Over and over again in the Old Testament the Israelites are given a choice to choose between following God or not.  And not once do you get this picture of pained acceptance of God as they are dragged kicking and screaming towards Him.  They repent, which literally means to stop or turn away from, and follow God’s call (even if only for a short time).  If God gives us the option to repent and choose, wouldn’t it make sense that somewhere in us also lies a natural tendency toward good?  Look around you and you will see more people (Christian, Muslim, Buddhist, Atheist, or otherwise) doing good things than bad.  Not because they feel some compulsion to do so for salvation sake, but because it is naturally in them.  And there is a lot more good going on in the world than bad.  The bad is just what makes it on the evening news.

This isn’t to say there isn’t the presence of sin in the world and it’s effects.  Effects from the curse of sin brought about by Adam and Eve’s choice.  And I’m not talking about avoiding the consequences of sin.  I’m talking about the reasoning behind the action.  If we give into this notion that bad things will happen because we will always be sinners until the second coming, we also give into the fact that we are incapable of doing something about it to begin with.  It’s this “poor me, I’m so helpless and lost” attitude as if Jesus dying on the cross is the only thing that’s keeping us from being complete savages.  The problem in that notion is there are way too many people who have accepted Jesus into their lives and continue to do rather sinful things.

A pastor friend of mine once described sin as anything that comes between you and God.  I like this concept because it brought about a much broader perception of sin than just the ten commandments, a concept I felt Jesus elaborated upon during his ministry.  Jesus took the commandment of murder and expanded the intent to include hateful thoughts.  He took the commandment of adultery and expanded it to include lustful thinking.  Jesus then went on to say if your hand offends you cut it off, or your eye causes you to sin pluck it out (Matt 5:29-30).  Those sound like options to correct willful choices to me.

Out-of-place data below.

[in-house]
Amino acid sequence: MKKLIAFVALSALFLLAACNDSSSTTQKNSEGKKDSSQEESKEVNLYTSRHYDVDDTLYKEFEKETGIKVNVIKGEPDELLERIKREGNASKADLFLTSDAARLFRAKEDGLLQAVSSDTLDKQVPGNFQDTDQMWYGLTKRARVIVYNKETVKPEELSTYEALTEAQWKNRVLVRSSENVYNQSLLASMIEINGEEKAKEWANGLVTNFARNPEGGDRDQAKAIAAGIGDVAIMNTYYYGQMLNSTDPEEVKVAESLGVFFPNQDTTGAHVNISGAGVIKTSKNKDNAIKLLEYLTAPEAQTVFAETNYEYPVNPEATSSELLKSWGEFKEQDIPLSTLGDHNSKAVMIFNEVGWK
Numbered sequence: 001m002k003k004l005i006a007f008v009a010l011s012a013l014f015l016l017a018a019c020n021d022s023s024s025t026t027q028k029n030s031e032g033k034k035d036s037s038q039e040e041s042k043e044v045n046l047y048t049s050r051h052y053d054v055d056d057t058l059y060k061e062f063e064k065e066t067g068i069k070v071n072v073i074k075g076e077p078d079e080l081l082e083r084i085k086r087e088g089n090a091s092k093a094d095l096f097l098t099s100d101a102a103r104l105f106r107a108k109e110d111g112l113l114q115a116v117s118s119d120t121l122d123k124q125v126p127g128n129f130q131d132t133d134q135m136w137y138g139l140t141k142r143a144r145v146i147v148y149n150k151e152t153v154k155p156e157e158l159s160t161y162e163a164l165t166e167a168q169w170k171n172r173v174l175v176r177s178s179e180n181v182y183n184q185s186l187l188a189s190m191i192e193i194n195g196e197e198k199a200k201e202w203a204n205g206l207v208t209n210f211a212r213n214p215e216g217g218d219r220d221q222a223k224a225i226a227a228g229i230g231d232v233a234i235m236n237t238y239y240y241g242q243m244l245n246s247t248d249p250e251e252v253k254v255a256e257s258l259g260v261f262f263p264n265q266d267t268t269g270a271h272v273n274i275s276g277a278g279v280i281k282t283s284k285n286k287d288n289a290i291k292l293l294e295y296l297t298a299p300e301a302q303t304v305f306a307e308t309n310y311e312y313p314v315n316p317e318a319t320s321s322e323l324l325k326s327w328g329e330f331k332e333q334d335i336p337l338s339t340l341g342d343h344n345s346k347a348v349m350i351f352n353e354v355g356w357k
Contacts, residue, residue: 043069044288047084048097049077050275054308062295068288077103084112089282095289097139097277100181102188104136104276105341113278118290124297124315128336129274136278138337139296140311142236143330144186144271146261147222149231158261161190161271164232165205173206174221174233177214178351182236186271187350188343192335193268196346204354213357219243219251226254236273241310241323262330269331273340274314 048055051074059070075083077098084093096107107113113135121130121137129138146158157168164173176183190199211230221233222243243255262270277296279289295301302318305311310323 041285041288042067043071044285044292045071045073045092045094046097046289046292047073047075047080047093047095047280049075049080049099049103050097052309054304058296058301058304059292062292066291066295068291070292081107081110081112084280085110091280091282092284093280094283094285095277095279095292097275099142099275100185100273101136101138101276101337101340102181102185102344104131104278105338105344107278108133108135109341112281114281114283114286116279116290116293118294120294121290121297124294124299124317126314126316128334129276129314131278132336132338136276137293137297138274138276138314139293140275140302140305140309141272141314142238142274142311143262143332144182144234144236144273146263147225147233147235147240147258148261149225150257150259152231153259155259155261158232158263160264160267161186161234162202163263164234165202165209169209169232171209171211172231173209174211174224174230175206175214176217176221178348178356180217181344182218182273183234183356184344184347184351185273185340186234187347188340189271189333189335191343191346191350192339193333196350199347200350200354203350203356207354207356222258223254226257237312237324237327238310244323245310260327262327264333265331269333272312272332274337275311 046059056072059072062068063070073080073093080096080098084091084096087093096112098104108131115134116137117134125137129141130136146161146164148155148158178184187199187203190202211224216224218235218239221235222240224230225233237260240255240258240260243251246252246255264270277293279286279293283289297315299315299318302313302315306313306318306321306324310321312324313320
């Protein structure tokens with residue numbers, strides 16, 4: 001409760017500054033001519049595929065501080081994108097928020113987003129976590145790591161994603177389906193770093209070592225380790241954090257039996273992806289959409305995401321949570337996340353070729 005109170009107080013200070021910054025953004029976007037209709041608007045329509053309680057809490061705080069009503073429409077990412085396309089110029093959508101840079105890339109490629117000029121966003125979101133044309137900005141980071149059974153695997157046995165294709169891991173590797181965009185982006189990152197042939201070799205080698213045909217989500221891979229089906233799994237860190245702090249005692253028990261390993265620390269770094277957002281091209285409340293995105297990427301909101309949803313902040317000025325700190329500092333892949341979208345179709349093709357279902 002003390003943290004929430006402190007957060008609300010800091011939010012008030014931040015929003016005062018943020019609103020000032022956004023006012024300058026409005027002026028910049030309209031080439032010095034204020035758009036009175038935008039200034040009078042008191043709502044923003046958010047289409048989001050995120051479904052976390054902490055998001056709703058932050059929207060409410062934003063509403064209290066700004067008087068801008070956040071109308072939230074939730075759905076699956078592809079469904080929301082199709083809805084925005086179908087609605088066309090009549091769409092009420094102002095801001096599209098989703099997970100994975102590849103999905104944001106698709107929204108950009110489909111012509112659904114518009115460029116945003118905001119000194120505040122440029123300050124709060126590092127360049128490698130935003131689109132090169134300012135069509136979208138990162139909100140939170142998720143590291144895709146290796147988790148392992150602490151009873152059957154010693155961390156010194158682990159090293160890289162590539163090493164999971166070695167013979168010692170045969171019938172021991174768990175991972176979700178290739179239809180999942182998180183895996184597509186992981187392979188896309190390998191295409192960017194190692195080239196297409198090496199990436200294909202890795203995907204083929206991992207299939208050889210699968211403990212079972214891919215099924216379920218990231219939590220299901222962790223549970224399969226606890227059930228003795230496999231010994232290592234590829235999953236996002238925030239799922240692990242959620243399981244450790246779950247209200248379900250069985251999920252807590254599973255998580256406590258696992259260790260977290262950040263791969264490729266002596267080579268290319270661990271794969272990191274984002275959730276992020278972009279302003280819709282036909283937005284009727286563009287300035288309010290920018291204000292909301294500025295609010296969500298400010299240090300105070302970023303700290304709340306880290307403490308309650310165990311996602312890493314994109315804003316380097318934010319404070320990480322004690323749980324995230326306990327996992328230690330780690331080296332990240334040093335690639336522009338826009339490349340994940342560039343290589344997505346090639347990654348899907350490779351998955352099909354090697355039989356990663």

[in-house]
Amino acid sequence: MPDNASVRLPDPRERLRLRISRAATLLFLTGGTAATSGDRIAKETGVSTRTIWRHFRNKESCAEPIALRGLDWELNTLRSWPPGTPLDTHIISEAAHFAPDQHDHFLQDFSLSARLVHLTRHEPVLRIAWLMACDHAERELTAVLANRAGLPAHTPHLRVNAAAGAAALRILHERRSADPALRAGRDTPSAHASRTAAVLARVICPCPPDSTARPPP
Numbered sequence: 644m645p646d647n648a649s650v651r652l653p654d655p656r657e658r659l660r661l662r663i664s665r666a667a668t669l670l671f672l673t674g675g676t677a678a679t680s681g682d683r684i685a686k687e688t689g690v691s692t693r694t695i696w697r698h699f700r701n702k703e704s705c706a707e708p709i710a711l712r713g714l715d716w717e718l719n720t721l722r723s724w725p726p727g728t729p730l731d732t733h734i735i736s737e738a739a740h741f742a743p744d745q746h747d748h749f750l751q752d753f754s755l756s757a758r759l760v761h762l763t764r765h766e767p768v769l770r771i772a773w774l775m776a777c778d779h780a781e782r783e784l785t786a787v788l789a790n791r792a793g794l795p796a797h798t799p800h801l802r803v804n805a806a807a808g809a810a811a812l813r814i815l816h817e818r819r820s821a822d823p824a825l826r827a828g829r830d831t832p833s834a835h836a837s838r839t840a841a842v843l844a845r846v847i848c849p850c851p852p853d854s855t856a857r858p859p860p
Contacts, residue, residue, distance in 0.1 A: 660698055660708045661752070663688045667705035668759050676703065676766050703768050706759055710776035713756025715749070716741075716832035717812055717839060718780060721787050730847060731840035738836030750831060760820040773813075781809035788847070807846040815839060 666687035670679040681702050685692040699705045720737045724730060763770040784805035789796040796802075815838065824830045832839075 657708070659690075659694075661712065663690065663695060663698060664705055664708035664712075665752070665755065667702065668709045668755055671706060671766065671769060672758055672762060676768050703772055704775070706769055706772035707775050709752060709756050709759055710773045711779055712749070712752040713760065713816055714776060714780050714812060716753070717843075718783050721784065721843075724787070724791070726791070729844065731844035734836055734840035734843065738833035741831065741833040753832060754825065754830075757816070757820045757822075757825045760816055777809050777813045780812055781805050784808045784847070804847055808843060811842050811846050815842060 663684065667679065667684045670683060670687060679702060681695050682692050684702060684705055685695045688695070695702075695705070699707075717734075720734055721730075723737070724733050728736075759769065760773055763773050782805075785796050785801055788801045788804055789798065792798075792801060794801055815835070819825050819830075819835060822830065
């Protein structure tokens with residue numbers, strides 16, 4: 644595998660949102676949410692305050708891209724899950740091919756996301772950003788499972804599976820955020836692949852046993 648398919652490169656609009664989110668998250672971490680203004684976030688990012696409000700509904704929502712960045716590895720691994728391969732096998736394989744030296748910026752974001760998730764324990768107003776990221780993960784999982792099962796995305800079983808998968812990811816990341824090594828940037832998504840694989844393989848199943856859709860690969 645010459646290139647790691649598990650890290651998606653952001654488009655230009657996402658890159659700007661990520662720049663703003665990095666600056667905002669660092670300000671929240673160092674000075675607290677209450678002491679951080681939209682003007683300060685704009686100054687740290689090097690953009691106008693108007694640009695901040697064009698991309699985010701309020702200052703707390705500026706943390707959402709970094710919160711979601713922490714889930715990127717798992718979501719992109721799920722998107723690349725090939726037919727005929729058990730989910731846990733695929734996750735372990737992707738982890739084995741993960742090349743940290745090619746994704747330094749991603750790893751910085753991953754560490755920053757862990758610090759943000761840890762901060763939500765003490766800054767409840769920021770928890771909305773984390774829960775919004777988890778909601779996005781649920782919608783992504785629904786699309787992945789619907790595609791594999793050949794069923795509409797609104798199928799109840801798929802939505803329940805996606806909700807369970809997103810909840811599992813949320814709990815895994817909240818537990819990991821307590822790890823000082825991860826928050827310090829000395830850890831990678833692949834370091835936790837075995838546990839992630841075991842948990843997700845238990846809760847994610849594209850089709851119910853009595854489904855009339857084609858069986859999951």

Let’s stop using “SIN” as an excuse.  Yes, all have sinned and fallen short of the glory of God (Rom 3:23).  And we cannot save ourselves, as that only comes through Jesus (Acts 4:12).  However, so long as we focus on the sinful nature of man we will fail to see the blessings of God working all around us and through us.  We will continue to excuse each others sins and separation from God rather than accept that we can do anything through Christ (Phil 4:13) and resisting the devil (Jam. 4:7).  Sin does not force us to separate ourselves from God, it gives us the option to do so.  Therefore, if choosing to serve God (not rioting, looting, and burning) seems desirable to you, CHOOSE today who you will follow (Josh. 24:15).